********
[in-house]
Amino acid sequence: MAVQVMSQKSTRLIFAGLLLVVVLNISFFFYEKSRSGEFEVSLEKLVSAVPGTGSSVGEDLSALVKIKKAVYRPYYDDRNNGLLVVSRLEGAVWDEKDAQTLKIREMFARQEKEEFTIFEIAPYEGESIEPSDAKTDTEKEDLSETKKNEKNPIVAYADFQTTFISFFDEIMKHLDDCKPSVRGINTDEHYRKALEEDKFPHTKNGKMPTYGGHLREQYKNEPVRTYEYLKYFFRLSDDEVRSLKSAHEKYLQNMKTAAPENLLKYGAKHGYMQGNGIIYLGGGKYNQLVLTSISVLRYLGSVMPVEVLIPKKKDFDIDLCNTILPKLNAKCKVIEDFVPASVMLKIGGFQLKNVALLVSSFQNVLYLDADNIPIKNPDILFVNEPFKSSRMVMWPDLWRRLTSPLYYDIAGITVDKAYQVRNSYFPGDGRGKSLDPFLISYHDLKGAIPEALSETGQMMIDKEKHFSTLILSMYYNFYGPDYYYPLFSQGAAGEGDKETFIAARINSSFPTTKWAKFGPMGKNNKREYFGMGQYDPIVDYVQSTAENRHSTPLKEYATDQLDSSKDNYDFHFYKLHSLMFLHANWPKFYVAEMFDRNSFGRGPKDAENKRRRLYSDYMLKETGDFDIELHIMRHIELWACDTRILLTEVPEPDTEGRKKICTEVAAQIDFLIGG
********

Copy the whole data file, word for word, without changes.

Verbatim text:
[in-house]
Amino acid sequence: MAVQVMSQKSTRLIFAGLLLVVVLNISFFFYEKSRSGEFEVSLEKLVSAVPGTGSSVGEDLSALVKIKKAVYRPYYDDRNNGLLVVSRLEGAVWDEKDAQTLKIREMFARQEKEEFTIFEIAPYEGESIEPSDAKTDTEKEDLSETKKNEKNPIVAYADFQTTFISFFDEIMKHLDDCKPSVRGINTDEHYRKALEEDKFPHTKNGKMPTYGGHLREQYKNEPVRTYEYLKYFFRLSDDEVRSLKSAHEKYLQNMKTAAPENLLKYGAKHGYMQGNGIIYLGGGKYNQLVLTSISVLRYLGSVMPVEVLIPKKKDFDIDLCNTILPKLNAKCKVIEDFVPASVMLKIGGFQLKNVALLVSSFQNVLYLDADNIPIKNPDILFVNEPFKSSRMVMWPDLWRRLTSPLYYDIAGITVDKAYQVRNSYFPGDGRGKSLDPFLISYHDLKGAIPEALSETGQMMIDKEKHFSTLILSMYYNFYGPDYYYPLFSQGAAGEGDKETFIAARINSSFPTTKWAKFGPMGKNNKREYFGMGQYDPIVDYVQSTAENRHSTPLKEYATDQLDSSKDNYDFHFYKLHSLMFLHANWPKFYVAEMFDRNSFGRGPKDAENKRRRLYSDYMLKETGDFDIELHIMRHIELWACDTRILLTEVPEPDTEGRKKICTEVAAQIDFLIGG